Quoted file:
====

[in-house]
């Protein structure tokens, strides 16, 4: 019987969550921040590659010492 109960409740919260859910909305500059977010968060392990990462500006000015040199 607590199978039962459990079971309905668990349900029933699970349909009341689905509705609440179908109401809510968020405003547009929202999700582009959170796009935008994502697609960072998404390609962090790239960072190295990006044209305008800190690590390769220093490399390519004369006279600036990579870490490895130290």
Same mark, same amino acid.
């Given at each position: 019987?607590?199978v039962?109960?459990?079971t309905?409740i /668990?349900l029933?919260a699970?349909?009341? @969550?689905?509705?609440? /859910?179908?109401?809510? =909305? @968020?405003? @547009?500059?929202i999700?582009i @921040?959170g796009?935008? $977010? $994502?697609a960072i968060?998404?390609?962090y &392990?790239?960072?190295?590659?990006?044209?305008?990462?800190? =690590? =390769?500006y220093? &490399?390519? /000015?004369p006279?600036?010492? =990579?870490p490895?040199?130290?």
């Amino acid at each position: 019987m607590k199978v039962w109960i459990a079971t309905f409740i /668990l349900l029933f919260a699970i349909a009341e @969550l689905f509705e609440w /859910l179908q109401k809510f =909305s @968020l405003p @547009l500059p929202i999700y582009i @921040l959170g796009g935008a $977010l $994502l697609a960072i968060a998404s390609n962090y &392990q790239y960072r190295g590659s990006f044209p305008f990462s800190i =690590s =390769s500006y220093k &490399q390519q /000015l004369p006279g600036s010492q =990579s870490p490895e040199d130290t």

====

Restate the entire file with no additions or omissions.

[in-house]
């Protein structure tokens, strides 16, 4: 019987969550921040590659010492 109960409740919260859910909305500059977010968060392990990462500006000015040199 607590199978039962459990079971309905668990349900029933699970349909009341689905509705609440179908109401809510968020405003547009929202999700582009959170796009935008994502697609960072998404390609962090790239960072190295990006044209305008800190690590390769220093490399390519004369006279600036990579870490490895130290």
Same mark, same amino acid.
């Given at each position: 019987?607590?199978v039962?109960?459990?079971t309905?409740i /668990?349900l029933?919260a699970?349909?009341? @969550?689905?509705?609440? /859910?179908?109401?809510? =909305? @968020?405003? @547009?500059?929202i999700?582009i @921040?959170g796009?935008? $977010? $994502?697609a960072i968060?998404?390609?962090y &392990?790239?960072?190295?590659?990006?044209?305008?990462?800190? =690590? =390769?500006y220093? &490399?390519? /000015?004369p006279?600036?010492? =990579?870490p490895?040199?130290?």
């Amino acid at each position: 019987m607590k199978v039962w109960i459990a079971t309905f409740i /668990l349900l029933f919260a699970i349909a009341e @969550l689905f509705e609440w /859910l179908q109401k809510f =909305s @968020l405003p @547009l500059p929202i999700y582009i @921040l959170g796009g935008a $977010l $994502l697609a960072i968060a998404s390609n962090y &392990q790239y960072r190295g590659s990006f044209p305008f990462s800190i =690590s =390769s500006y220093k &490399q390519q /000015l004369p006279g600036s010492q =990579s870490p490895e040199d130290t």